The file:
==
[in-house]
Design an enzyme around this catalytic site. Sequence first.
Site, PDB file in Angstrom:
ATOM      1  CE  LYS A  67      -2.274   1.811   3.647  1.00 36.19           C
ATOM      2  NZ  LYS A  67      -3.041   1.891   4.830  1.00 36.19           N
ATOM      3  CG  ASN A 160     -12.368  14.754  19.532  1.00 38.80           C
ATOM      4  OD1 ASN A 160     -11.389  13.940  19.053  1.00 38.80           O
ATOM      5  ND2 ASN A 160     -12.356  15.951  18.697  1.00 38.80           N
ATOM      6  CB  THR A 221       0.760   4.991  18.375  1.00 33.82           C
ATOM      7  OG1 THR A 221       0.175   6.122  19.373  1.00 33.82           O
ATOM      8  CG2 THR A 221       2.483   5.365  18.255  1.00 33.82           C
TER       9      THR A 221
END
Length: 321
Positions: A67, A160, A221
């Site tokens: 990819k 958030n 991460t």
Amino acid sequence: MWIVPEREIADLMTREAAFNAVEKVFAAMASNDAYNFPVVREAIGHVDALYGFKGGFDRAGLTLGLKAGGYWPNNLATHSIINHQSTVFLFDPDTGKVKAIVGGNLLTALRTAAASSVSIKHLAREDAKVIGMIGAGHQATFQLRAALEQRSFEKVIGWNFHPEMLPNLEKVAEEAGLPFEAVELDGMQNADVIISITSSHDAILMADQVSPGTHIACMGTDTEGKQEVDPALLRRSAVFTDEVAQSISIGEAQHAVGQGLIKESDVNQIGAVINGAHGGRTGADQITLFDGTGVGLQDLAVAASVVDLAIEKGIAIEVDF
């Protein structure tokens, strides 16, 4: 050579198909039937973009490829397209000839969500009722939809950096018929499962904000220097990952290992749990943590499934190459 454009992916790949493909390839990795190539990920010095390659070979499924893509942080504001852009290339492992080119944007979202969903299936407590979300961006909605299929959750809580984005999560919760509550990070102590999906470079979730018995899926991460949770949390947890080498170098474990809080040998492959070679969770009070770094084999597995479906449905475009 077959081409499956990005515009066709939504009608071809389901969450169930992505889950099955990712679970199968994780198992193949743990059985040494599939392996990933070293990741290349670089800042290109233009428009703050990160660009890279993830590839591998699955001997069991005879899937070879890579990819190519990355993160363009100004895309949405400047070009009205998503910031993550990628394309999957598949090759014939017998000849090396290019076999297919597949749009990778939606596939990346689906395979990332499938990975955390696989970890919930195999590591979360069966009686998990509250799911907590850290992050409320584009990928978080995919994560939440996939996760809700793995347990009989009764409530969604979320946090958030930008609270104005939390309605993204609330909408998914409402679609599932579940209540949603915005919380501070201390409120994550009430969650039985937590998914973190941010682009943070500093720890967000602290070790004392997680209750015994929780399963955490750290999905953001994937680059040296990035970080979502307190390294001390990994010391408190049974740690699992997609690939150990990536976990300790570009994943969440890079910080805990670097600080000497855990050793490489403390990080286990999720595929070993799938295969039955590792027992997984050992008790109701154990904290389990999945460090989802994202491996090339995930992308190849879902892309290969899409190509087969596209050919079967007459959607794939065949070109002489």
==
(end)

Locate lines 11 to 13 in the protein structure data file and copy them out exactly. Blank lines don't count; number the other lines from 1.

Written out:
ATOM      8  CG2 THR A 221       2.483   5.365  18.255  1.00 33.82           C
TER       9      THR A 221
END